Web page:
hdi

namehdi
created_at2022-07-04 14:09:46.411109
updated_at2023-12-22 15:45:34.356273
downloads44012
descriptionThe HDI
homepagehttps://github.com/holochain/holochain/tree/develop/crates/hdi
repository
max_upload_size
id618975
Eric Harris-Braun

documentation

https://docs.rs/hdi

readme

hdi [![Project](https://img.shields.io/badge/project-holochain-blue.svg?style=flat-square)](http://holochain.org/) [![Forum](https://img.shields.io/badge/chat-forum%2eholochain%2enet-blue.svg?style=flat-square)](https://forum.holochain.org) [![Chat](https://img.shields.io/badge/chat-chat%2eholochain%2enet-blue.svg?style=flat-square)](https://chat.holochain.org) [![Twitter Follow](https://img.shields.io/twitter/follow/holochain.svg?style=social&label=Follow)](https://twitter.com/holochain) [![Crate](https://img.shields.io/crates/v/hdi.svg)](https://crates.io/crates/hdi) [![API Docs](https://docs.rs/hdi/badge.svg)](https://docs.rs/hdi) Holochain Deterministic Integrity (HDI) is Holochain's data model and integrity toolset for writing zomes. The logic of a Holochain DNA can be divided into two parts: integrity and coordination. Integrity is the part of the hApp that defines the data types and validates data manipulations. Coordination encompasses the domain logic and implements the functions that manipulate data. # Examples An example of an integrity zome with data definition and data validation can be found in the wasm workspace of the Holochain repository: . # Data definition The DNA's data model is defined in integrity zomes. They comprise all data type definitions as well as relationships between those types. Integrity zomes are purely definitions and do not contain functions to manipulate the data. Therefore a hApp's data model is encapsulated and completely independent of the domain logic, which is encoded in coordinator zomes. The MVC (model, view, controller) design pattern can be used as an analogy. **The application’s integrity zomes comprise its model layer** — everything that defines the shape of the data. In practice, this means three things: - entry type definitions - link type definitions - a validation callback that constrains the kinds of data that can validly be called entries and links of those types (see also `Op`). **The coordination zomes comprise the application's controller layer** — the code that actually writes and retrieves data, handles countersigning sessions and sends and receives messages between peers or between a cell and its UI. In other words, all the zome functions, `init` functions, remote signal receivers, and scheduler callbacks will all live in coordinator zomes. Advantages of this approach are: * The DNA hash is constant as long as the integrity zomes remain the same. The peer network of a DNA is tied to its hash. Changes to the DNA hash result in a new peer network. Changes to the domain logic enclosed in coordinator zomes, however, do not affect the DNA hash. Hence the DNAs and therefore hApps can be modified without creating a new peer network on every deployment. * Integrity zomes can be shared among DNAs. Any coordinator zome can import an integrity zome's data types and implement functions for data manipulation. This composability of integrity and coordinator zomes allows for a multitude of permutations with shared integrity zomes, i. e. a shared data model. # Data validation The second fundamental part of integrity zomes is data validation. For every operation that is produced by an action, a validation rule can be specified. Both data types and data values can be validated. All of these validation rules are declared in the `validate` callback. It is executed for a new action by each validation authority. There's a helper type called `FlatOp` available for easy access to all link and entry variants when validating an operation. In many cases, this type can be easier to work with than the bare `Op`. `FlatOp` contains the same information as `Op` but with a flatter, more accessible data structure than `Op`'s deeply nested and concise structure. ```rust match op.flattened()? { FlatOp::StoreEntry(OpEntry::CreateEntry { app_entry, .. }) => match app_entry { EntryTypes::A(_) => Ok(ValidateCallbackResult::Valid), EntryTypes::B(_) => Ok(ValidateCallbackResult::Invalid( "No Bs allowed in this app".to_string(), )), }, FlatOp::RegisterCreateLink { base_address: _, target_address: _, tag: _, link_type, action: _, } => match link_type { LinkTypes::A => Ok(ValidateCallbackResult::Valid), LinkTypes::B => Ok(ValidateCallbackResult::Invalid( "No Bs allowed in this app".to_string(), )), }, _ => Ok(ValidateCallbackResult::Valid), }; ``` See an example of the `validate` callback in an integrity zome in the WASM workspace: . Many more validation examples can be browsed in that very workspace. ## License [![License: CAL 1.0](https://img.shields.io/badge/License-CAL-1.0-blue.svg)](https://github.com/holochain/cryptographic-autonomy-license) Copyright (C) 2019 - 2023, Holochain Foundation This program is free software: you can redistribute it and/or modify it under the terms of the license provided in the LICENSE file (CAL-1.0). This program is distributed in the hope that it will be useful, but WITHOUT ANY WARRANTY; without even the implied warranty of MERCHANTABILITY or FITNESS FOR A PARTICULAR PURPOSE.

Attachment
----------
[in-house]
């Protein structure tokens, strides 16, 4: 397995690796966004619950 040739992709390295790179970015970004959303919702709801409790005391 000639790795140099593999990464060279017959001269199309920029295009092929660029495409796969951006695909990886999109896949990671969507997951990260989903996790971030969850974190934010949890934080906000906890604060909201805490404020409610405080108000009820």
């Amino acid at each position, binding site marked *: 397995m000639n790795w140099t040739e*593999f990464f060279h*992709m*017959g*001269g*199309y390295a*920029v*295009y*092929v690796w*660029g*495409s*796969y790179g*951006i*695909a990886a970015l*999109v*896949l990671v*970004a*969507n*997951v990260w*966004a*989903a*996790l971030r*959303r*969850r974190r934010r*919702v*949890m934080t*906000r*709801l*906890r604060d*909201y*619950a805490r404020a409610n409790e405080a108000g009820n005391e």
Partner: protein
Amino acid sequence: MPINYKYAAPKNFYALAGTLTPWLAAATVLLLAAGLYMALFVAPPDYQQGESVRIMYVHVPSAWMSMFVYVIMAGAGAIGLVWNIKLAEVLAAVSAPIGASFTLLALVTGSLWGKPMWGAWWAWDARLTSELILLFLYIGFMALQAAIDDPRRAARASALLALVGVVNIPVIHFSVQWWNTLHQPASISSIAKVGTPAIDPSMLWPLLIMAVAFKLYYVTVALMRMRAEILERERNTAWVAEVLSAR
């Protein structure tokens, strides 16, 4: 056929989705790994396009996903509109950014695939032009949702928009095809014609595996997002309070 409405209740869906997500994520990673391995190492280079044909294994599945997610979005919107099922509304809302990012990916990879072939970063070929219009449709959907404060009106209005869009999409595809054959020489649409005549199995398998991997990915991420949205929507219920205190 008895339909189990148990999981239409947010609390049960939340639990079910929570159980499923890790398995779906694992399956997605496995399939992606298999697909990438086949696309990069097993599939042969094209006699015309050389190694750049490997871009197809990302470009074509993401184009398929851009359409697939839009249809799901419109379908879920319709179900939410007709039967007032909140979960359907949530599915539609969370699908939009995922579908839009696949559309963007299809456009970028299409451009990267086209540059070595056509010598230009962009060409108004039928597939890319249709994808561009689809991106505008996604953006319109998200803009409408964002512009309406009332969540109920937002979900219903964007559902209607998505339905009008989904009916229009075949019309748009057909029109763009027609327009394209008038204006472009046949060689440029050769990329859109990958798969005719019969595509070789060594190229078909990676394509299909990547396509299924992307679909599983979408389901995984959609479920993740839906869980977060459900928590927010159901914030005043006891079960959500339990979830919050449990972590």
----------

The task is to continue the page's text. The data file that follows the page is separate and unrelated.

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cargo fmt